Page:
One investor said: “There is no point of talking about the technology when the price of currency doesn’t rise. If you were so focused on the technology, then you shouldn’t have issued tokens, or else your price will be manipulated by secondary market investors.”

One investor Leo said: “I bought $110,000 of Algo for $1.50, and I exited it when it was at $0.90.” 

Leo said that he will never touch Algo again. He said that the reason why he learned about this project was that it was mentioned by Binance. “I always thought that Binance reviewed all their project.” Because of Algo’s plunging, Leo’s good impression of Binance has died down as well.

Lastly, Shen Meng, who never purchased cryptocurrency before, heard about Algorand from a colleague and claimed half of her company bought the coin. Now she says she is waiting for the second round of Dutch auction.

“I bought it when I trusted my colleague. He got in at $2.6 and I followed him at $2.4 and is now waiting for the second round of auction to bring back the momentum. I’d be satisfied if I can exit with $1.”

There was one investment firm partner who also commented on Algorand- she was particularly optimistic about Algorand technology before and had vowed to hold Algo for a long time. Nevertheless, she has exited the market nonetheless. “In the long run, I think Algo should be okay, but I think it’s time to replace Algo with BTC.”


The prevailing view in the market was that the private placement investors didn’t have lockups, which caused the market crash.

On June 26, the Algorand foundation’s email sent to the investor community confirmed that speculation. Chen Fangfang, head of operations at Algorand Foundation, said in a letter to the investor community, that the Algorand Foundation has found that some recent actions by early supporters have injected unnecessary risks into the project, including dumping tokens, short selling, and other behaviors that have undermined the network performance and project’s trust.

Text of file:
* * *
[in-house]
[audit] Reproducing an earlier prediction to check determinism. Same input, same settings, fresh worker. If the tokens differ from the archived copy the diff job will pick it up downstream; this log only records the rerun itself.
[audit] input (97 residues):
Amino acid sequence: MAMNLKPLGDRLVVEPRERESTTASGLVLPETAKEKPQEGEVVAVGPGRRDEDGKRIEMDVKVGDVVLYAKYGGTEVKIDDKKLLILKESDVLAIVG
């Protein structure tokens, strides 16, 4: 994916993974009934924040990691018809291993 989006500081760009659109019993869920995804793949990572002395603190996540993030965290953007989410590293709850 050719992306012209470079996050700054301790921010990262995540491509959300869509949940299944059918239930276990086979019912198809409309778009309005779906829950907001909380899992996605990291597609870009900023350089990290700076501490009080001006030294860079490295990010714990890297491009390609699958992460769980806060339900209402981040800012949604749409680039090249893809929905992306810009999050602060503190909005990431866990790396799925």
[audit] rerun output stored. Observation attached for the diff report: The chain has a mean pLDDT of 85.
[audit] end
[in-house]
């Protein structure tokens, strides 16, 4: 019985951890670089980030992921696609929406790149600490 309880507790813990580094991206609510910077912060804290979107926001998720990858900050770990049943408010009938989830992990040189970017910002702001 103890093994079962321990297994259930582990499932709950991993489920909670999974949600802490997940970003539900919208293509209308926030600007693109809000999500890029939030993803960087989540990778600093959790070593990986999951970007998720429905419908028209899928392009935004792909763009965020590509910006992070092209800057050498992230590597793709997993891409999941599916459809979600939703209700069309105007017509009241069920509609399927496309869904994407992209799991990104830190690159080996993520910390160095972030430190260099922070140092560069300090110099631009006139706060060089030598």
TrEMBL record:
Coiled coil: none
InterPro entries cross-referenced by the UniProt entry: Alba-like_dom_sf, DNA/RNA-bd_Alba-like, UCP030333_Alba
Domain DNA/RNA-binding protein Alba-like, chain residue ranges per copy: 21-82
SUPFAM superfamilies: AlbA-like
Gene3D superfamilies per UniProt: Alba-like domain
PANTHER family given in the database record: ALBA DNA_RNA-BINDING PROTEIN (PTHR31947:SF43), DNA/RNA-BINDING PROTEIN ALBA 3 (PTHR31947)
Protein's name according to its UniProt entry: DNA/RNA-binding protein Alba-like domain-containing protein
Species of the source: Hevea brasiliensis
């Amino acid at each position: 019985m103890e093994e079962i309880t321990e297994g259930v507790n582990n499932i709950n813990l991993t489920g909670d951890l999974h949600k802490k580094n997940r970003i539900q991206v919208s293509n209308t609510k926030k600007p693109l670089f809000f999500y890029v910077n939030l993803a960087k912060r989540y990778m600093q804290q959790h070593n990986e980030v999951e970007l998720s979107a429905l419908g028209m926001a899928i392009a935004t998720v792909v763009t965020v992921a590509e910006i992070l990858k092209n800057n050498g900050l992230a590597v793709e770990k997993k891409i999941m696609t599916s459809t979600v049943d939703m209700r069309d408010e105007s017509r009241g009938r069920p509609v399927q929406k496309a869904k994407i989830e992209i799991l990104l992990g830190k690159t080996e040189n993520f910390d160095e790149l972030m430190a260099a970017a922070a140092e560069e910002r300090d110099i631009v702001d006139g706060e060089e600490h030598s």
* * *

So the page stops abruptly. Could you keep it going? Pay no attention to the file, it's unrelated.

She reminded investors of their obligation to not to take any action that is harmful to the project.

According to Crunchbase, Algorand had two rounds of financing before the official launch of the Dutch auction. The first round was led by USV and Pillar Companies, raising $4 million total. The second round was a private placement round in which Algo raised a total of $62mn at $0.05 per token. The investors there included Lemniscap, Kingsley Advani, Eterna Capital, VLane, and Polybius Capital.

According to sources, apparently the Algo team’s primary regrets in hindsight when going through this process were that 1) they did not expect the price of the Dutch auction to be so high and that, 2) they did not expect so many private investors to sell. The team apparently originally estimated the final auction price at around $0.8-1.2.

This is certainly a warning for projects to carefully pick their investors and also make sure their token is meticulously designed to avoid such pitfalls from happening.

One of Algo’s Australian node operators named Yawn commented: “the minimum threshold for the private placement rounds was pretty high, and some funds have even asked for more allocation. One way you could’ve interpreted this is that these investors weren’t in dire need of money and therefore shouldn’t have been so eager to sell in the secondary market.

Secondly, Yawn mentioned that the investor’s lockup terms should have abided by US laws and regulations, which could have filtered out some people who want to cash out. The team did not predict the pressure of so many investors selling all at once in the beginning.

Algorand had communicated with its investors and claimed that they monitoring everyone’s wallets. We will likely have to wait until the second auction to see if the token momentum returns.

This article was updated to correctly reflect the private placement investor terms with linear lockup.

2 comments on “What Algorand’s Token Price Crash Can Teach Projects